If unhappy marriage is the dal-chawal of fiction, then the adulterous wife is its feisty poster girl. Shagun Kaushik, the heroine of Manju Kapur’s cynical new novel, Custody, refuses the bait. On page one, walking back from a tryst, she is briefly allowed guilt: “As she made her way towards the main road, she kept looking around but recognised no one, and decided it was her conscience that made her so uneasy.”
Lest we enter into Shagun’s unease, the author warns acidly: “Every day she practised thinking badly of her spouse. Her lover encouraged this by providing a basis for comparison. The dissatisfaction that accrues in most marriages was not allowed dissipation; instead, she clung to reasons to justify her unfaithfulness.”
Shagun’s husband Raman works for a multinational at Rs 10 lakh a year, and climbing. They have two children, Arjun, ten, and Roohi, two. Enter Ashok Khanna, Raman’s boss. We are told Shagun and Ashok are lovers, sweaty sheets are cited, but their urgencies are only relayed through sordid subterfuges necessary to keep the affair going. Discovery forecloses the marriage and unzips the powerplay of schism. First the children are with Shagun; Raman refuses to give his wife a divorce. Beguiled by superior creature comforts, Arjun becomes his mother’s child. Raman competes for his love, and retreats, barely tolerated.
There’s also a parallel story. Ishita, the other, good side of the coin, is cast out by her husband because she’s infertile.
The narrative skirts around the central trauma of divorce by a Victorian device, the children are seen torn between embittered parents and resenting both, but very seldom are they heard.
Divorce may be a relatively recent battle, but custody is an old war within the Indian family. Controlling a child’s loyalty is something of a national sport. Even in happy circumstances, a child isn’t quite perceived as a person. Adults are quick to subvert and envenom children trapped within carious marriages.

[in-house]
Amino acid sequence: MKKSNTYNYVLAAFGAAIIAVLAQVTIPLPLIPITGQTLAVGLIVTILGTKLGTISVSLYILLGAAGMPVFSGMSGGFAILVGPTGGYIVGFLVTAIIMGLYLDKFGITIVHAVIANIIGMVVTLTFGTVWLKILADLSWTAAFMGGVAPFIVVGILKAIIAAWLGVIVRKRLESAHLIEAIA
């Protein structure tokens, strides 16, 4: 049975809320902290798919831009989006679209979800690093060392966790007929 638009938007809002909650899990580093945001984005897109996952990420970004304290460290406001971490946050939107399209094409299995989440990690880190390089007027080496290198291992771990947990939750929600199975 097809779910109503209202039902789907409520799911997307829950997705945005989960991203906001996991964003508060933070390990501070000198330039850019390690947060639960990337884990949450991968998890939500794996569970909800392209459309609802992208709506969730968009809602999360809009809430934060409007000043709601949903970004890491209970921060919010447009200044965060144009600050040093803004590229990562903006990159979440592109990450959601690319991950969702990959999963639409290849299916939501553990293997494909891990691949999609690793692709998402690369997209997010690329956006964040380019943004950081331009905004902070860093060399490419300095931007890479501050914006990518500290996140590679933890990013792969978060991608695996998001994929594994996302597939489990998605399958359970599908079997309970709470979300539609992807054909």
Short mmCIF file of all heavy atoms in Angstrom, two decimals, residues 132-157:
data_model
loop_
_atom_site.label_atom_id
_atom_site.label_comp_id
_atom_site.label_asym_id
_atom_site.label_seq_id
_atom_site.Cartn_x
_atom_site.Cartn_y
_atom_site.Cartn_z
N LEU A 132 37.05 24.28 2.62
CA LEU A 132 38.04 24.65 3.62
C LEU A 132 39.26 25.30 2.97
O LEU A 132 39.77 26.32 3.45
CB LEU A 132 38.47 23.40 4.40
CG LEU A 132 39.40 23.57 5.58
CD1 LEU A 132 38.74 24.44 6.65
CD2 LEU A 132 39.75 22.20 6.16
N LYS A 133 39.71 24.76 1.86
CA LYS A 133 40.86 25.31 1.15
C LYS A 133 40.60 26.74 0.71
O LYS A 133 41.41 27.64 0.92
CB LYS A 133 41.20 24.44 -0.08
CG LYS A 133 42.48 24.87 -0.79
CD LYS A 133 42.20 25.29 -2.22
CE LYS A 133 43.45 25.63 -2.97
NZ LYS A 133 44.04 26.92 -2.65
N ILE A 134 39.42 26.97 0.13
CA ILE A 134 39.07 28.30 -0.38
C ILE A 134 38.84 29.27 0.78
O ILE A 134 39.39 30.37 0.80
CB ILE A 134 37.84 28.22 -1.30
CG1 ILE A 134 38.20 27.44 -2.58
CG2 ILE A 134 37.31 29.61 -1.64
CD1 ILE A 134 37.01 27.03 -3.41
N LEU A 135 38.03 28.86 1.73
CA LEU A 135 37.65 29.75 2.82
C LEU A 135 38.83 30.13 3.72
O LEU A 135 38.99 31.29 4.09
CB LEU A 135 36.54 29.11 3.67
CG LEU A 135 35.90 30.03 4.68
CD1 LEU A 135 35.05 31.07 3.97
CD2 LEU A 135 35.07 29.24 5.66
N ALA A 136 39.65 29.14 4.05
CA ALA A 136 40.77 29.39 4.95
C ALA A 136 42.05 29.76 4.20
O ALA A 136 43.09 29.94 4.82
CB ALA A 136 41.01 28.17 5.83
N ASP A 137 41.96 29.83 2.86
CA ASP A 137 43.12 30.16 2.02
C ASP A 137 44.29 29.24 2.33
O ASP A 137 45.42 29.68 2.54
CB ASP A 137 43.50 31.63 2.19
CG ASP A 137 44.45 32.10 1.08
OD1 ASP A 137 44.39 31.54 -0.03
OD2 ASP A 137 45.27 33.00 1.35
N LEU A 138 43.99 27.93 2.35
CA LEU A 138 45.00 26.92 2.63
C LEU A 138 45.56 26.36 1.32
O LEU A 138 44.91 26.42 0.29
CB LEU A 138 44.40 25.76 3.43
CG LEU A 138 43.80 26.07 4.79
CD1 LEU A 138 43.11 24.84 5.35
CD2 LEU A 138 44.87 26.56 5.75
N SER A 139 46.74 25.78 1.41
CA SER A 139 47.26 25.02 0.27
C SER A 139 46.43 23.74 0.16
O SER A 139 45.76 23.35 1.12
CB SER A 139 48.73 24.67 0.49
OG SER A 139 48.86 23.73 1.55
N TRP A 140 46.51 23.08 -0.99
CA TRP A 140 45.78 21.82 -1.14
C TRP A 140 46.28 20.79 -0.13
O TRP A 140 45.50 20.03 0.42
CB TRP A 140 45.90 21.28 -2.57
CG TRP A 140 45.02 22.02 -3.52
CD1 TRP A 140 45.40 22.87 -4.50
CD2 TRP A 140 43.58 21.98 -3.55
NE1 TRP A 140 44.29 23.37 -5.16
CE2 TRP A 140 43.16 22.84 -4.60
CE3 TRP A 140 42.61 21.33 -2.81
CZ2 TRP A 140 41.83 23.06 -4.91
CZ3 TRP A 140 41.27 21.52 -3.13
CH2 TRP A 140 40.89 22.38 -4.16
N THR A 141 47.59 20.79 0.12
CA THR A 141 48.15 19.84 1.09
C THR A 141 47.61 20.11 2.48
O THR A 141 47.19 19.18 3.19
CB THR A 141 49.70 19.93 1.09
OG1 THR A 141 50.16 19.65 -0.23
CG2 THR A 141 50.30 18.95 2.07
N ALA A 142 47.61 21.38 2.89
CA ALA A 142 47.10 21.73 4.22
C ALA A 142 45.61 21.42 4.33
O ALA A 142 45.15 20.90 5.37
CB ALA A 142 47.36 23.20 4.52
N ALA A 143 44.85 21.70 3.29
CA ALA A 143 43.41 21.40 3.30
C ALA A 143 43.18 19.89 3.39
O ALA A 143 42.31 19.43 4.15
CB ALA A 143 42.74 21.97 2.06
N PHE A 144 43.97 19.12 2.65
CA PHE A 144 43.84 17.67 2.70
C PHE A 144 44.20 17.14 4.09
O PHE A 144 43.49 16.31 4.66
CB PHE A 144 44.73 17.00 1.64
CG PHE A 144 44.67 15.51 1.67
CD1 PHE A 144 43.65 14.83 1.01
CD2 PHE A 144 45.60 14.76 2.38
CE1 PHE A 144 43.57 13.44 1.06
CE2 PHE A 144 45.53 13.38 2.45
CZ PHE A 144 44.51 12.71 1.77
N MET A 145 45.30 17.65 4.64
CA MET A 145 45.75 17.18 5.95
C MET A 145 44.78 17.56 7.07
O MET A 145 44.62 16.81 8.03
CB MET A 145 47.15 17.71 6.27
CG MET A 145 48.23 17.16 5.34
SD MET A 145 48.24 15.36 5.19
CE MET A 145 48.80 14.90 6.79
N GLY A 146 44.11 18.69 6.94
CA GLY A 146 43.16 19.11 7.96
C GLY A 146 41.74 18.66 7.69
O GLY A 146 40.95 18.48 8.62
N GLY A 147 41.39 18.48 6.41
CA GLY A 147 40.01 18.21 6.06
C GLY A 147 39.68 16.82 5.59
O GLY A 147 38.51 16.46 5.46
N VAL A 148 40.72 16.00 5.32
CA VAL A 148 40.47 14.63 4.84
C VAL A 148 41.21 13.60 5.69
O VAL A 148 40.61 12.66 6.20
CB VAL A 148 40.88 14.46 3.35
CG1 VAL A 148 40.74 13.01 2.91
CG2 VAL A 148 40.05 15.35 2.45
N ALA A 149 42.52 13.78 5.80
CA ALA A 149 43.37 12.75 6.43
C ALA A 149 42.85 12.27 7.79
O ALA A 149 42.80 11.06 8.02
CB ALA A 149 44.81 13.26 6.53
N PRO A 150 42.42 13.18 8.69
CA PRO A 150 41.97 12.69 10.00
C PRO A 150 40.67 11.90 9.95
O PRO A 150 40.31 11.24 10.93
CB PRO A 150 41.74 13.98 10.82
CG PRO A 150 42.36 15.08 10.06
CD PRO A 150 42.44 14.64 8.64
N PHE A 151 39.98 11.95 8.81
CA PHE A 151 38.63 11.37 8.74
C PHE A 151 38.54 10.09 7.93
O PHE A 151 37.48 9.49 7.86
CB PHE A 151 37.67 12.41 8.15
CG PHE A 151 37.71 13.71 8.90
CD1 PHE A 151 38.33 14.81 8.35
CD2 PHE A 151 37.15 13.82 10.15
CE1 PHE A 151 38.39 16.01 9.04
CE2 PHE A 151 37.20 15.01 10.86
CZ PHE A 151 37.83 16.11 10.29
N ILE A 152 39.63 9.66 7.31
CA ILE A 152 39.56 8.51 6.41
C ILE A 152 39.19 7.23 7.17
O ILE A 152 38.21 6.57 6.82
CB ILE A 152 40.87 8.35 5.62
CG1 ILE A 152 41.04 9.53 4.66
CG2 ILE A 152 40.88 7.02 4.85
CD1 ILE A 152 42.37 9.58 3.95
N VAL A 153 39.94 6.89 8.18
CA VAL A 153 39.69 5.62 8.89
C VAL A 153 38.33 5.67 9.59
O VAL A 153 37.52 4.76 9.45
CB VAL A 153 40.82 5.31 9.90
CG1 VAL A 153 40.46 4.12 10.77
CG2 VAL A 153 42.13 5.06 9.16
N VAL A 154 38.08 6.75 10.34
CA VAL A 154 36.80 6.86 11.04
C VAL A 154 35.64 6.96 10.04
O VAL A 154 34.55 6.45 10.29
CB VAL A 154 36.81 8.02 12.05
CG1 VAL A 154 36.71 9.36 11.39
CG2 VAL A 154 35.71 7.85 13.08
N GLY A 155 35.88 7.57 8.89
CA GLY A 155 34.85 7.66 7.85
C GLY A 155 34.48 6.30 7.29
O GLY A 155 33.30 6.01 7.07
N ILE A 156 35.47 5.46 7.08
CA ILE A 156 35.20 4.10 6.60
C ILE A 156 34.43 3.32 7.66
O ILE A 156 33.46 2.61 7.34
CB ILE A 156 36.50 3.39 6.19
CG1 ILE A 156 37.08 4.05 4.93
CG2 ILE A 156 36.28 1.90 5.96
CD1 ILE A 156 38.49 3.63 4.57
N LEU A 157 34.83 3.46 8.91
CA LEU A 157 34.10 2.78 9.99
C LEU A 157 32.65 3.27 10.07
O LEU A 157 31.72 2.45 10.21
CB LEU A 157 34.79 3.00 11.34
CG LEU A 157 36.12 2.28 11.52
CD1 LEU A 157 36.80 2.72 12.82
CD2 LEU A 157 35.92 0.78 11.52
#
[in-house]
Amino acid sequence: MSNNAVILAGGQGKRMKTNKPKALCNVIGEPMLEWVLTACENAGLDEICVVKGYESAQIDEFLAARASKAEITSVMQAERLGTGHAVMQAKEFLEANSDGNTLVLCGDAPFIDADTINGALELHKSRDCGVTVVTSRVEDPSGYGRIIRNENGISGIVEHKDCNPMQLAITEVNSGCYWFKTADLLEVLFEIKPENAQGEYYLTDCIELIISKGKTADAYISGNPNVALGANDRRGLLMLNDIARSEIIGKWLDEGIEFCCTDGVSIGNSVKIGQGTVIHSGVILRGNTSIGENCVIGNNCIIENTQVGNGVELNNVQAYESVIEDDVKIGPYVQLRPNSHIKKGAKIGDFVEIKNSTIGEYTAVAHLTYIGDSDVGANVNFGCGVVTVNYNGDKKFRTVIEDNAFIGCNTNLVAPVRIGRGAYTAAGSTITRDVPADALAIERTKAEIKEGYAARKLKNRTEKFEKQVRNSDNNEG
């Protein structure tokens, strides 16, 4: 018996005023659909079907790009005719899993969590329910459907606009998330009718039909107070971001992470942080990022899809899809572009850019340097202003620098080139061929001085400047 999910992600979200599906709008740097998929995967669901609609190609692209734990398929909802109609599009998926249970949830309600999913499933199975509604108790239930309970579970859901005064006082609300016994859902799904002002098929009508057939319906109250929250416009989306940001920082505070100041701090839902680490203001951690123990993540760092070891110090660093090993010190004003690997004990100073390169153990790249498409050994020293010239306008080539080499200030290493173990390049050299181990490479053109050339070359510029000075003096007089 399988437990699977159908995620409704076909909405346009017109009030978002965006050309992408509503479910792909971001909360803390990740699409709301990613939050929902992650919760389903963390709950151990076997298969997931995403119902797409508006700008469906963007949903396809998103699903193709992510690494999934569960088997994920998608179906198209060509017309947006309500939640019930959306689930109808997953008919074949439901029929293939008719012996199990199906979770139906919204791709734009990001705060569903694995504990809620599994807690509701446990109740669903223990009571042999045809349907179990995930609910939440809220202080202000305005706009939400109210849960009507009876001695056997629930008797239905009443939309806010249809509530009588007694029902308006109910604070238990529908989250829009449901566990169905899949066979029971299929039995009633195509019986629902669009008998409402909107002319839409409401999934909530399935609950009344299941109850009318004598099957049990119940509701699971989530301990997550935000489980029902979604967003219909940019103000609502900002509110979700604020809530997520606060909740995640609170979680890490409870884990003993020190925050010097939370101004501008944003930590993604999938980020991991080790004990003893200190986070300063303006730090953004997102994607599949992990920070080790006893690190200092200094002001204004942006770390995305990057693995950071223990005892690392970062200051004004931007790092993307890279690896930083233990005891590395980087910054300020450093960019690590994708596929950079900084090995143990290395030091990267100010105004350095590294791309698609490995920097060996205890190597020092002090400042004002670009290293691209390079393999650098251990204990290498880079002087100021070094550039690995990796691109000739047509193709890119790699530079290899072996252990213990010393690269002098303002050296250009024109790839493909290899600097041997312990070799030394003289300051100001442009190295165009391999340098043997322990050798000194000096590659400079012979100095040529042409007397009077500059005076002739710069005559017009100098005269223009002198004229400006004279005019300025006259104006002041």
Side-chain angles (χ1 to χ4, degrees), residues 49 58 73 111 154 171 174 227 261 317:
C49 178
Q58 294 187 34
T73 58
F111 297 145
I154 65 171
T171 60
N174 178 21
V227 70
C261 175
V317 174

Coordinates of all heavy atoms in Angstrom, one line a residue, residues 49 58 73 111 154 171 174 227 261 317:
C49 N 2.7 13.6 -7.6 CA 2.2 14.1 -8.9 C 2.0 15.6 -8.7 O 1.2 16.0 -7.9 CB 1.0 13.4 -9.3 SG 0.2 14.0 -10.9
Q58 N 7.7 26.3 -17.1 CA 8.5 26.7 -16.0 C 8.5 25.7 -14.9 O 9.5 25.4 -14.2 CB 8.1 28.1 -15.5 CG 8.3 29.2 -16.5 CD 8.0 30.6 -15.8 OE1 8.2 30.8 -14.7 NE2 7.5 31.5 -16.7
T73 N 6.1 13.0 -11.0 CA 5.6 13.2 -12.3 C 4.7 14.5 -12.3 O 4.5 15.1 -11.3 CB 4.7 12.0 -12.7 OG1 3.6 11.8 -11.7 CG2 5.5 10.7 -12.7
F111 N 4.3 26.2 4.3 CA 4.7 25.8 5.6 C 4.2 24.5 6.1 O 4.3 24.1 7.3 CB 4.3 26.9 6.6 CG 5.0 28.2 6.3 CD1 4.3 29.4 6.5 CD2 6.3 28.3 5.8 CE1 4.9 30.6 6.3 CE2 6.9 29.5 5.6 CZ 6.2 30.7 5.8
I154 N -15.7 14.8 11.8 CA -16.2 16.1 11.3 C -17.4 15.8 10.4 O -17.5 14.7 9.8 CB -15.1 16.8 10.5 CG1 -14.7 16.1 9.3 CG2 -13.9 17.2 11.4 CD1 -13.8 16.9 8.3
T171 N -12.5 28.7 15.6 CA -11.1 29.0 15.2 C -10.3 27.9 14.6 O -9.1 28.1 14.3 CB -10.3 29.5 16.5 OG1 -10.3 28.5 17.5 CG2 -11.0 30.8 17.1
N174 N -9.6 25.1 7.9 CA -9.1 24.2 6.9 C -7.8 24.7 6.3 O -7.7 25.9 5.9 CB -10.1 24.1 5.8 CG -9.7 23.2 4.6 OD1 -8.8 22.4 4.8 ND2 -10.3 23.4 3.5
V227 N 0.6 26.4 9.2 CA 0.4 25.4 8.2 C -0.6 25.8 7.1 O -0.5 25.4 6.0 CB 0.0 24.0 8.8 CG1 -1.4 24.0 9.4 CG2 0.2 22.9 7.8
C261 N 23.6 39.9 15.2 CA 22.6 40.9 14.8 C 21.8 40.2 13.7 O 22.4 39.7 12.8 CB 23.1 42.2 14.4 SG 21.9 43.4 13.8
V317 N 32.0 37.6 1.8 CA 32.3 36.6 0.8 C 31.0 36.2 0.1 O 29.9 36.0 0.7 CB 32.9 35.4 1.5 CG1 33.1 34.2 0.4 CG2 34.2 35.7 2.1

What happens in little Roohi’s head as she’s passed from parent to parent? The arrival of needy Ishita as the third parent complicates matters further for the child. We read of their performance, but what do the two children think?
Manju Kapur’s expertise in interpreting the family matrix is a byword. She relies on this skill too heavily in Custody. The auctorial voice, pitched midway between shudder and sneer, has judged and sentenced before we can weigh the evidence. The prose is bumptious, more iron than irony. Much of Custody reads like a hurried first draft. Notes on court procedure, medical technology, cliche-ridden sentiment are cobbled together with gaffes like “palpitated his stomach” and “the pista, still unlocked after last night’s drinks”.
We could be watching this on prime time, but we still need to read it in a book. Successful soaps locate us within the script. A novel must do much more. It must transcend location, and free us to wonder. Custody does neither.